The Pentagon press secretary said in August that a possibility existed for religious vaccine exemptions, but that the process of obtaining exemptions would differ among the various branches of the military.
On Tuesday, Broglio reiterated statements of the U.S. bishops’ conference and the Vatican’s Congregation for the Doctrine of the Faith that use of COVID-19 vaccines with connections to abortion-derived cell lines is morally permissible.
All three COVID-19 vaccines approved for use in the United States have some link to cell lines derived from a baby believed to have been aborted in the 1970s. The Pfizer and Moderna vaccines were tested using the controversial cell lines, while the Johnson & Johnson vaccine was developed, tested, and produced using the cell lines.
The connection of the Pfizer and Moderna vaccines to abortion “has been for centuries considered remote material cooperation with evil and is never sinful,” Archbishop Broglio noted on Tuesday. He added that the Johnson & Johnson vaccine is “more problematic,” and while it is still “morally permissible” to use, Catholics should note their preference for the other two vaccines if possible.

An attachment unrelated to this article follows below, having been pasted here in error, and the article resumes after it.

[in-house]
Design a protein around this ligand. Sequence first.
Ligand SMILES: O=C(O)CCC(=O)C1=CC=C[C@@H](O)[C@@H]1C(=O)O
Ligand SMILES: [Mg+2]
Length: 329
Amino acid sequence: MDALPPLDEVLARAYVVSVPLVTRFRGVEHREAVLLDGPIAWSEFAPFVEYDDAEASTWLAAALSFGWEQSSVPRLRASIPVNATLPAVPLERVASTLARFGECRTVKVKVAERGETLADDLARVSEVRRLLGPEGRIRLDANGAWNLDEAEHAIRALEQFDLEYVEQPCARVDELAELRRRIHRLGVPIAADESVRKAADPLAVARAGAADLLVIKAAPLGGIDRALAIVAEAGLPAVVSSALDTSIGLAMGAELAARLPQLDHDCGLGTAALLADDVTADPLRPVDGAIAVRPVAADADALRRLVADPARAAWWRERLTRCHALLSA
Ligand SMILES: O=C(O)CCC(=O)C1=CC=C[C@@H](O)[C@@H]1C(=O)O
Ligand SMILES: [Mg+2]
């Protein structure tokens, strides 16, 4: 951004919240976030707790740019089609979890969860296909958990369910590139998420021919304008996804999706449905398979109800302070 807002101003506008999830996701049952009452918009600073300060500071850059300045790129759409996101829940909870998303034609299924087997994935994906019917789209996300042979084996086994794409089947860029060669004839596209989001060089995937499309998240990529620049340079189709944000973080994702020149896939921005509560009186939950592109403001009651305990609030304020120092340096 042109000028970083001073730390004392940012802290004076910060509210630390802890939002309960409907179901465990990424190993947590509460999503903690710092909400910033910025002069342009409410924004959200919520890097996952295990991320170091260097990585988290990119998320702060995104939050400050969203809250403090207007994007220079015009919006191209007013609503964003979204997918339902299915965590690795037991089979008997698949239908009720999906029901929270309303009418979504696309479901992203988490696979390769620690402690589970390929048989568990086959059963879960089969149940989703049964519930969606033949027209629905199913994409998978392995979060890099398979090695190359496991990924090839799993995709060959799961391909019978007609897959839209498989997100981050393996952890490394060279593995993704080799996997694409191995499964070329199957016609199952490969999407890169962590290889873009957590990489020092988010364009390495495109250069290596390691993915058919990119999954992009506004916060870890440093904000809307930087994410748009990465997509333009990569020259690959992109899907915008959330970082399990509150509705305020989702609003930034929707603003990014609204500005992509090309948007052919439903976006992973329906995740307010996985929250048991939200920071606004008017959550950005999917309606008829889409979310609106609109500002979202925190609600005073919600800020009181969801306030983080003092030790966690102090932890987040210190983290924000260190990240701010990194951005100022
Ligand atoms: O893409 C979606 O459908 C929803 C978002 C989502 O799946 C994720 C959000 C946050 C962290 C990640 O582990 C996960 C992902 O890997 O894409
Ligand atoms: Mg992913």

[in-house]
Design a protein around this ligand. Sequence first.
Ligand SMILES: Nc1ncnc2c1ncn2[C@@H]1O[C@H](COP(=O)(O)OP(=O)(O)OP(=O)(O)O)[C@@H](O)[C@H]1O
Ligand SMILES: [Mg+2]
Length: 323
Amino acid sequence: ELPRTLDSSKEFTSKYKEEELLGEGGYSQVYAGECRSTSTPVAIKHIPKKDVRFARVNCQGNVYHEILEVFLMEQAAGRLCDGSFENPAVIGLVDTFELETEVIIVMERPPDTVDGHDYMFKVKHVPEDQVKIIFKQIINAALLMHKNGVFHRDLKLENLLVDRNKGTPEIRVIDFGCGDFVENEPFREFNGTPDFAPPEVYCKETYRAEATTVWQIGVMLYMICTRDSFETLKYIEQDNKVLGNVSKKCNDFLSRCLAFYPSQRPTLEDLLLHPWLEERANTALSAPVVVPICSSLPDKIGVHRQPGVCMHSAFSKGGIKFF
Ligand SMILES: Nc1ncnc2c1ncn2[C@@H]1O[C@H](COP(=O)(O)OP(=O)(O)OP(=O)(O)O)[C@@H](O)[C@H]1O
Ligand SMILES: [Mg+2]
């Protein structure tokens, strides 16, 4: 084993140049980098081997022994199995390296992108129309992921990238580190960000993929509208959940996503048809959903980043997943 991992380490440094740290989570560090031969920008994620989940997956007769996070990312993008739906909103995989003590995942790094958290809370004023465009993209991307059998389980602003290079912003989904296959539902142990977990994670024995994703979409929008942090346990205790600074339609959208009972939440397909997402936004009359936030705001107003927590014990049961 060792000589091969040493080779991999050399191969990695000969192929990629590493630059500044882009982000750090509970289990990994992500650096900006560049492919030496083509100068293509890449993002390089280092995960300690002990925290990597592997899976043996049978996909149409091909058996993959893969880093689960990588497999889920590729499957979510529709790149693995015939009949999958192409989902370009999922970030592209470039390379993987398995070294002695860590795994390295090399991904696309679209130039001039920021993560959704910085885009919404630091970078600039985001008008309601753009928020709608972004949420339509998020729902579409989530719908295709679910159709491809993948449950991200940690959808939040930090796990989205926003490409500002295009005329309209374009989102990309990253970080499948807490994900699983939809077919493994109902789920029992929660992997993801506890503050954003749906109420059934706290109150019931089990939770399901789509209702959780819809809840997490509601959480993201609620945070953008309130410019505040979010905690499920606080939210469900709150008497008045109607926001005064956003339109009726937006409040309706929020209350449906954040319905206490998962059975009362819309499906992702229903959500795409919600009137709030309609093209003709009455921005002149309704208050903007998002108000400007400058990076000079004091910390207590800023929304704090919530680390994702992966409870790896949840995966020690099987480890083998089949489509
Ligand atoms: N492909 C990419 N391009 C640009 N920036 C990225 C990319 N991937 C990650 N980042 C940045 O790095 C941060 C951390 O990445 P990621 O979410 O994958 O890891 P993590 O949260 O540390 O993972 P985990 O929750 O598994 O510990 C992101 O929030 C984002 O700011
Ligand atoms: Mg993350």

Hundreds of thousands of service members are still not fully vaccinated against COVID-19, according to an Oct. 10 Washington Post report. There are more than two million members of the U.S. military. Military branches have instituted various deadlines for the vaccination of all troops.
Regarding troops who are seeking a religious exemption to COVID-19 vaccines through the Religious Freedom Restoration Act, Broglio stated that although the vaccines are morally permissible to receive, they can be refused in conscience.
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